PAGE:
Tandoori Chicken is the brightest of red chicken you will ever see! I’m talking redder than Nando’s Peri-Peri.. This roasted chicken dish made it across oceans and most of you already had your (or other) countries’ versions of it. But this is a must in India and used to be such a treat as it was something familiar!
Roti, as many of you know, is Indian bread. They do have toaster bread as well but come on, you’re not going to India to have a peanut butter and jelly sandwich… we had but it was homemade peanut butter =) and we were there for 6 weeks!
Lots of times they will serve roti with the food, which you basically use to grab or scoop the Sambar or curry or whatever. If not, you can always order it as an extra.
They have quite the variety of flat breads, for different dishes and of different ingredients, blowing up or completely flat n crispy, and they all have different names! From Aloopuri (can you guess one of the main ingredients?) to Papadum, a thin and crispy snack or alternative to roti with your food.
You will find lots of new and strange looking veggies and fruit if you take a walk through the streets and in the markets, stuff you’ll most likely eat without even knowing! Before India I had never seen, heard or tasted something like bitter gourd… and we ate it almost everyday there! Don’t be afraid of trying something new, just check out the joint well before buying street food. And always remember to thoroughly wash fruits and veggies under DRINKABLE water!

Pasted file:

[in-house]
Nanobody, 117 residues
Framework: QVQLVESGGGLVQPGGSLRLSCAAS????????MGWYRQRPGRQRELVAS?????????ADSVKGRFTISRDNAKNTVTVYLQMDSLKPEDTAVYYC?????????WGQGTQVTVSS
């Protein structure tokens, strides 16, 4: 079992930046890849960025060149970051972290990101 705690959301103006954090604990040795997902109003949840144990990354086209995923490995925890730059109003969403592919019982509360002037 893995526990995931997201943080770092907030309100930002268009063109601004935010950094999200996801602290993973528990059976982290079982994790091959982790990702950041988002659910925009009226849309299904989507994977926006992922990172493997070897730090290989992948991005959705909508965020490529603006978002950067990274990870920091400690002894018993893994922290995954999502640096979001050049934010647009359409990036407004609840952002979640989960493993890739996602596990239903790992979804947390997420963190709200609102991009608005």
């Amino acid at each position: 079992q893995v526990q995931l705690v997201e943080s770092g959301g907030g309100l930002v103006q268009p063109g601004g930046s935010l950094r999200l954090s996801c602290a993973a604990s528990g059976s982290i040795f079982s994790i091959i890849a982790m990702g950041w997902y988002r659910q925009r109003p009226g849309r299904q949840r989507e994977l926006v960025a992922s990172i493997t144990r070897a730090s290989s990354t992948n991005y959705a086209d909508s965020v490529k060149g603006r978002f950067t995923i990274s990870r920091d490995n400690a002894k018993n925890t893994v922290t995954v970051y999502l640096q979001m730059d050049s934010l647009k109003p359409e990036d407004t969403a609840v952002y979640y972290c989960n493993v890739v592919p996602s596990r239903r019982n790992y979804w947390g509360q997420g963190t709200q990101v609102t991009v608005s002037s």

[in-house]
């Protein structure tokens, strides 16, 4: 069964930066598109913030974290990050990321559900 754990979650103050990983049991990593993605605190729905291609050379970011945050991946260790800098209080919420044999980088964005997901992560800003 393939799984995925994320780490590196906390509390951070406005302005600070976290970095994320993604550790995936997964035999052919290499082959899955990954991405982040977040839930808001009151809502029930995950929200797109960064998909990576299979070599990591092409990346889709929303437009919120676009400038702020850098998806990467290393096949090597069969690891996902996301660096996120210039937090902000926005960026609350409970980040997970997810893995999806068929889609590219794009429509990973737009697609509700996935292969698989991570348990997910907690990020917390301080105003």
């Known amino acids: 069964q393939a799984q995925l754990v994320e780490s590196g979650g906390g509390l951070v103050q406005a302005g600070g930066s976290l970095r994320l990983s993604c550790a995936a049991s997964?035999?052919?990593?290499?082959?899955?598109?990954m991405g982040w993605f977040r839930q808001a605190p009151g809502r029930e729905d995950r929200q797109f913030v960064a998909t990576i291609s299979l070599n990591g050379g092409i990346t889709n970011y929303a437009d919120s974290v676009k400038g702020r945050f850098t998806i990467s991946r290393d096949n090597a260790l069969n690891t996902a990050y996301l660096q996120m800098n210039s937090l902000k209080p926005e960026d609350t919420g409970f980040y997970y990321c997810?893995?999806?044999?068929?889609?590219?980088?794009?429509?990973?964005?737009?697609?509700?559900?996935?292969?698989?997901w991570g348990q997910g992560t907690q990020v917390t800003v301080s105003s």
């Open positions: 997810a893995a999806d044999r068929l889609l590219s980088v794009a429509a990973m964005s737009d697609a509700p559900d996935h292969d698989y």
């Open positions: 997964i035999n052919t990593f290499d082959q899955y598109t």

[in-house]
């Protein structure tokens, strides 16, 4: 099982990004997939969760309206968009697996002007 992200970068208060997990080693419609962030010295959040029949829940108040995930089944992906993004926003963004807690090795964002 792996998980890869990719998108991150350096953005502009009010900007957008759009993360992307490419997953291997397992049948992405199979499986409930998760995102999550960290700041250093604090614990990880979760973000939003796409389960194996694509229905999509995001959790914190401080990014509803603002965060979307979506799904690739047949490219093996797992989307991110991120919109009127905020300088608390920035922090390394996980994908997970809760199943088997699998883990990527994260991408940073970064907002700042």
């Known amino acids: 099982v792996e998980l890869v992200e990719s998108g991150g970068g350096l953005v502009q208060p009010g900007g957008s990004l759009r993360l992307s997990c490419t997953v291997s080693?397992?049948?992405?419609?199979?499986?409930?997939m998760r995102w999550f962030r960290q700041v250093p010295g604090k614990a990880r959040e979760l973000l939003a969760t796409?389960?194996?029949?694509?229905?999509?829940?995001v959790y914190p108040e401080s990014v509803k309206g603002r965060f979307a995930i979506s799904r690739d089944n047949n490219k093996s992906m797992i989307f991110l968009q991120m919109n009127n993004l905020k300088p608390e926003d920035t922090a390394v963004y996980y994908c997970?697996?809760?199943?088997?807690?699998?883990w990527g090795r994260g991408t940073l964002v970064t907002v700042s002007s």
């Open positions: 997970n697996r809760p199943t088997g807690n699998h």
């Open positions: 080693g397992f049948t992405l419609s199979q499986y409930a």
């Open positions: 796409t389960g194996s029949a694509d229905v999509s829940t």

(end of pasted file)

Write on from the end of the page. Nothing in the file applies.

Also, you will find your fair share of Chinese food in India, even in the South Central province of Chhattisgarh where we were! So, if you’re a big fan, they have everything from noodles to stirfry to spring rolls. Of course, with a little India infused =)
Now, for the desserts
Things to look for: Gulab Jamun, Rasgulla, Jalebi and Barfi
Galub Jamun is a round cake-ish ball, d(r)unk in syrup. To a South African it will taste like a cross between Malva pudding and a koeksister! We made this at the house with the family one day, quite the technical process!
Rasgulla is absolutely amazing if you have a sweet tooth, which you will definitely need for any of India’s sweet treats! This is a spongy ball of paneer, also laid in syrup. Unhealthy and divine!
Jalebi, sounds a little like jellybean, is a batter, deep fried in funny shapes, then soaked in syrup =) also similar to the koeksister.
Barfi is a sweet you’ve probably seen in other countries as well. If you buy a tray of fresh sweets at a local bakery/sweet store, you’ll normally always find a couple in there. What it is: condensed milk + sugar, cooked until it becomes a solid…Yes, very sweet! They come in a variety of flavours, sometimes of fruits or nuts or rose syrup. They’re good, have at least one. And at most, one.
And to finish off a great meal, another tray of spice goodies! This normally consists of fennel, cumin, sugar, salt, ginger or cloves, etc. and this both freshens your breath and helps with digestion. So much better than just a mint candy. Take half a teaspoon of each in you hand and toss it in you mouth, chew, embrace, and swallow. I liked it. Others didn’t.
Now, you’ve had a glimpse of what this amazing country has to offer, it’s time for you to pack your bags fearlessly and go travel India!
Expect many head shakes, handshakes and friendly smiles; a colourful culture to go along with their colourful food!